The different types of packages are determined by who wrote them and by where they lay in the layers of PL/SQL code. As we mentioned earlier, the lowest-level and therefore most broadly available packages are the builtin packages, provided by Oracle Corporation. The next level of packages are the prebuilt packages, written by a third party and made available to you for inclusion in your applications. Finally, there are packages you build yourself.
Table 1.1 shows a partial list of builtin packages provided by Oracle Corporation. Unless otherwise noted, these packages are available in PL/SQL Release 2.1 and beyond. Most of these packages are installed by default when you create a database instance. In some cases, you may have to grant execute privileges on specific packages (such as DBMS_LOCK and DBMS_SQL) in order to make them available to your user community.
Provides support for notification of database events on an asynchronous basis. Registers a process with an alert and then waits for a signal from that alert.
Provides a programmatic access to some of the SQL DDL statements.
Used to submit and manage regularly scheduled jobs for execution inside the database.
Allows users to create their own locks using the Oracle Lock Management (OLM) services in the database.
Offers an interface to Oracle Office (previously known as Oracle Mail).
Displays output from PL/SQL programs to the terminal. The "lowest common denominator" debugger mechanism for PL/SQL code.
Allows communication between different Oracle sessions through a pipe in the RDBMs shared memory. One of the few ways to share memory-resident data between Oracle sessions.
Provides a programmatic interface to several SQL ALTER SESSION commands and other session-level commands.
A programmatic interface through which you can manage snapshots and purge snapshot logs. You might use modules in this package to build scripts to automate maintenance of snapshots.
Full support for dynamic SQL within PL/SQL. Dynamic SQL means SQL statements that are not prewritten into your programs. They are, instead, constructed at runtime as character strings and then passed to the SQL Engine for execution. (PL/SQL Release 2.1 only)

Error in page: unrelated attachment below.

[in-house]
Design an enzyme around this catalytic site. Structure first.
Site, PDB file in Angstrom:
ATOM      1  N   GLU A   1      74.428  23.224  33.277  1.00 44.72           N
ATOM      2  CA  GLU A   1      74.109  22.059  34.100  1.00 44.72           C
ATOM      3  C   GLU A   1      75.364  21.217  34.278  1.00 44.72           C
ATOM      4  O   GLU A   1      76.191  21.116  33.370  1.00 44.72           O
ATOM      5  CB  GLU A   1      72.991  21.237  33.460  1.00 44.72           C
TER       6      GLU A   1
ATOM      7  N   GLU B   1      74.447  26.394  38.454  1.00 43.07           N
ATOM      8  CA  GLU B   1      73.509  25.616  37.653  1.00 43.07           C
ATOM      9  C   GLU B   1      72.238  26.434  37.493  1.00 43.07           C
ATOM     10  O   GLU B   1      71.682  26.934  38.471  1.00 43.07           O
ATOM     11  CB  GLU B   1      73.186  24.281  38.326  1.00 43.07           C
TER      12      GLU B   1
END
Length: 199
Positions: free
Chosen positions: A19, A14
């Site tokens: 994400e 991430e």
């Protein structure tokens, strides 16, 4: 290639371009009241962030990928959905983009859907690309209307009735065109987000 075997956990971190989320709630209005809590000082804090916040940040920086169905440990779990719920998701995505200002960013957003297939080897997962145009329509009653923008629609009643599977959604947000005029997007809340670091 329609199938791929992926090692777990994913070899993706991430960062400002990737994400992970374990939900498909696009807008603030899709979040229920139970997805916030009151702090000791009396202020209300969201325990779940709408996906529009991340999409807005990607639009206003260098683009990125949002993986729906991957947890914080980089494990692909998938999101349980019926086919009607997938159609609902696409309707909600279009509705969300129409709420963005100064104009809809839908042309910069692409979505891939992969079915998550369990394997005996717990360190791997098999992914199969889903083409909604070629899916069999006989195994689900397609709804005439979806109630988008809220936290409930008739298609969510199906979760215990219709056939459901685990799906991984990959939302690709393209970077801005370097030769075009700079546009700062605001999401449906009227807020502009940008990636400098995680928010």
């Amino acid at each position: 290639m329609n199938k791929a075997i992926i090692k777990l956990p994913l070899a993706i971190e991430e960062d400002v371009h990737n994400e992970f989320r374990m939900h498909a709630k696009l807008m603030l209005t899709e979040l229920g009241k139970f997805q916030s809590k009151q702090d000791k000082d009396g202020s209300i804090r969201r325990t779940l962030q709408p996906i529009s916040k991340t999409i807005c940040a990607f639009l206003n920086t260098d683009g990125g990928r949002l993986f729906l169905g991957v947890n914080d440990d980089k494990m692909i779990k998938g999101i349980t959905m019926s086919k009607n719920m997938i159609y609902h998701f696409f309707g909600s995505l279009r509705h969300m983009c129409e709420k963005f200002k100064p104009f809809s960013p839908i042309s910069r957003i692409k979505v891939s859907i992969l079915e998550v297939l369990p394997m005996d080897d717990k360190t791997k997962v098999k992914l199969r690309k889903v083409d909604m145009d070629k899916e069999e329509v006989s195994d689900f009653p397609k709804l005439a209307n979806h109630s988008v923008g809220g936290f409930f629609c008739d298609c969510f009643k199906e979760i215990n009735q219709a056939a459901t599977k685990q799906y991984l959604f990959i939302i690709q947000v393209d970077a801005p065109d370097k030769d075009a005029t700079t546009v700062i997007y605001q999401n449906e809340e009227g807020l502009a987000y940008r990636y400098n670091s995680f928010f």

A programmatic interface to a number of the SQL transaction statements, such as the SET TRANSACTION command.
The "miscellaneous" package. Contains various useful utilities, such as GET_TIME, which calculates elapsed time to the hundredth of a second, and FORMAT_CALL_STACK, which returns the current execution stack in the PL/SQL runtime engine.
Allows PL/SQL programs to read from and write to operating system files. (PL/SQL Release 2.3 only)
All of the packages in Table 1.1 are stored in the database and can be executed by both client and server-based PL/SQL programs. In addition to these packages, many of the development tools, like Oracle Forms, offer their own specific package extensions as well, such as packages to manage OLE2 objects and DDE communication.
It is no longer sufficient for a developer to become familiar simply with the basic PL/SQL functions like TO_CHAR and ROUND. Those functions have now become simply the inner layer of useful functionality. Oracle Corporation has built upon them, and you should do the same. (To take full advantage of the Oracle technology as it blasts its way to the 21st century, you must be aware of these packages and how they can help you.)
Builtin packages can and should revolutionize the code you write. With the last few releases of the Oracle Corporation's CDE tools, Oracle Server, and PL/SQL itself, the software vendor has shifted course. As Oracle developed the code it needed to implement new features, it no longer hid that code from the rest of the world. Instead, Oracle has exposed that code -- invariably structured as one or more packages -- so that all developers can also take advantage of those same techniques it employs. The next section gives you an example of this process.
Oracle Corporation called the Oracle7 Server Version 7.1 the "Parallel Everything" server. It offered parallel query, parallel index updates, and many other features that take advantage of the symmetric multiprocessors readily available today. The parallelization of the RDBMs is an important advance in raw performance, but Oracle Corporation didn't stop there. It also "made public" (i.e., available to outside developers) a package of procedures and functions -- DBMS_PIPE -- used by its developers to support these parallel operations.